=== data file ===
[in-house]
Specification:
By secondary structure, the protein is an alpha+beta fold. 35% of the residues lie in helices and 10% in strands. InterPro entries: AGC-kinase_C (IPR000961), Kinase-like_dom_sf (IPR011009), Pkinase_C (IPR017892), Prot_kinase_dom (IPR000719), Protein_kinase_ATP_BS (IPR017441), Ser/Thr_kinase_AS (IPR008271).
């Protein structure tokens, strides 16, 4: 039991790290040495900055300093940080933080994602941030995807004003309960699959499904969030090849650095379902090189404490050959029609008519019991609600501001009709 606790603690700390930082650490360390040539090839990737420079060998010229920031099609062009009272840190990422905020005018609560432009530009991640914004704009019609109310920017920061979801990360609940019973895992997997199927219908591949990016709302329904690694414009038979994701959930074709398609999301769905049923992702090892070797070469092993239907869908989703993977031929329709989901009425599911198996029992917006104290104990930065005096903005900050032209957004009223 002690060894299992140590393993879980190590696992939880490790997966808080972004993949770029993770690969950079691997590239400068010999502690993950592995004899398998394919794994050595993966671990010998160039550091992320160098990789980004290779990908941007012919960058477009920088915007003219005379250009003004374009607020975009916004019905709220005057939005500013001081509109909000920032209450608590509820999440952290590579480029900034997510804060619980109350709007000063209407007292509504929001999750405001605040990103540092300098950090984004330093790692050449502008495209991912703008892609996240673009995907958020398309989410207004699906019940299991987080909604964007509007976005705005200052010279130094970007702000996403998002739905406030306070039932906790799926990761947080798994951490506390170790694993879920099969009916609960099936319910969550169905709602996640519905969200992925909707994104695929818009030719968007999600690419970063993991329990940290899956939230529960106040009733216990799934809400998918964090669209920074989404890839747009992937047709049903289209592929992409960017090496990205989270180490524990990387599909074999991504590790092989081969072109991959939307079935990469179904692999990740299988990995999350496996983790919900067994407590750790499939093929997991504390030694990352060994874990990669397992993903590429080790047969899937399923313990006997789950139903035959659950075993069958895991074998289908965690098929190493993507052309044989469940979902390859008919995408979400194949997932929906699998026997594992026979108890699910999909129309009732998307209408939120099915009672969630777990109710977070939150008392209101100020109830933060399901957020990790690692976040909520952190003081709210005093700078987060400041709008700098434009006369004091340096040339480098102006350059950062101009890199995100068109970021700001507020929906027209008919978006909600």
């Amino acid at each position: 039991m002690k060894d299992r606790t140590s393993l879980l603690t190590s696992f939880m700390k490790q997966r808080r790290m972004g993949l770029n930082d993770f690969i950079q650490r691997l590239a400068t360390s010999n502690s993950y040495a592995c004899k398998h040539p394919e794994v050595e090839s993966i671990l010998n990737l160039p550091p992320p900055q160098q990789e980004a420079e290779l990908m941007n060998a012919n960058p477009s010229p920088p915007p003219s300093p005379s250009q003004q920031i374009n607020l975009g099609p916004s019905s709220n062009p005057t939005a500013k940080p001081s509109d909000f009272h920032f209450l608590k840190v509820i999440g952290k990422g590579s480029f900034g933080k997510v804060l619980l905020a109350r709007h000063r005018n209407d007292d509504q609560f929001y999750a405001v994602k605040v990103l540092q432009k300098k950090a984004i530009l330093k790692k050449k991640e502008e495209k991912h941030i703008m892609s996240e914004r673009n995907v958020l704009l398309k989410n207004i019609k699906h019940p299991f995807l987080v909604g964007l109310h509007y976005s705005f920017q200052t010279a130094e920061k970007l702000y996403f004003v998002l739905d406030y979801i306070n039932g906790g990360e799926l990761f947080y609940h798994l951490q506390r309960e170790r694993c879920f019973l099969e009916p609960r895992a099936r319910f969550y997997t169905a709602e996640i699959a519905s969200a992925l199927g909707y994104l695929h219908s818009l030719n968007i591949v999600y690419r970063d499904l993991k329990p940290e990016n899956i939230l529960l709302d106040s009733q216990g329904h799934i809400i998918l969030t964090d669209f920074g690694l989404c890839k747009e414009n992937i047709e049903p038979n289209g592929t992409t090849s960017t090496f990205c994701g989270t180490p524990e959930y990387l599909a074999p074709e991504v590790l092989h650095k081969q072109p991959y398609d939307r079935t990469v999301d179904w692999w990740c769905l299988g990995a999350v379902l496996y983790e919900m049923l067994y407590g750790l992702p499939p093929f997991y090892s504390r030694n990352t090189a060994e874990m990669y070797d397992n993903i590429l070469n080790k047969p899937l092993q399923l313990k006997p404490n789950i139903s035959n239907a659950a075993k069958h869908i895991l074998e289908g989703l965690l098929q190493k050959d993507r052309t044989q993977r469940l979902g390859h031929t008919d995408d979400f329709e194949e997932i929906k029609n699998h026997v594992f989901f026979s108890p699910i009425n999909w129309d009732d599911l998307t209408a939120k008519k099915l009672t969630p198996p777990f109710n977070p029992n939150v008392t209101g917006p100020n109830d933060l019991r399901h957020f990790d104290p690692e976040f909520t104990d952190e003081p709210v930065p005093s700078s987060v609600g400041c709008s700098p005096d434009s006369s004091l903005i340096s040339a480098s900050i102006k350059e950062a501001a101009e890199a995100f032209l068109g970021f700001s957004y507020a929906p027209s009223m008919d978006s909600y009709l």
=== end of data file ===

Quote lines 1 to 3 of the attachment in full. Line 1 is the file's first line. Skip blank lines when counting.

[in-house]
Specification:
By secondary structure, the protein is an alpha+beta fold. 35% of the residues lie in helices and 10% in strands. InterPro entries: AGC-kinase_C (IPR000961), Kinase-like_dom_sf (IPR011009), Pkinase_C (IPR017892), Prot_kinase_dom (IPR000719), Protein_kinase_ATP_BS (IPR017441), Ser/Thr_kinase_AS (IPR008271).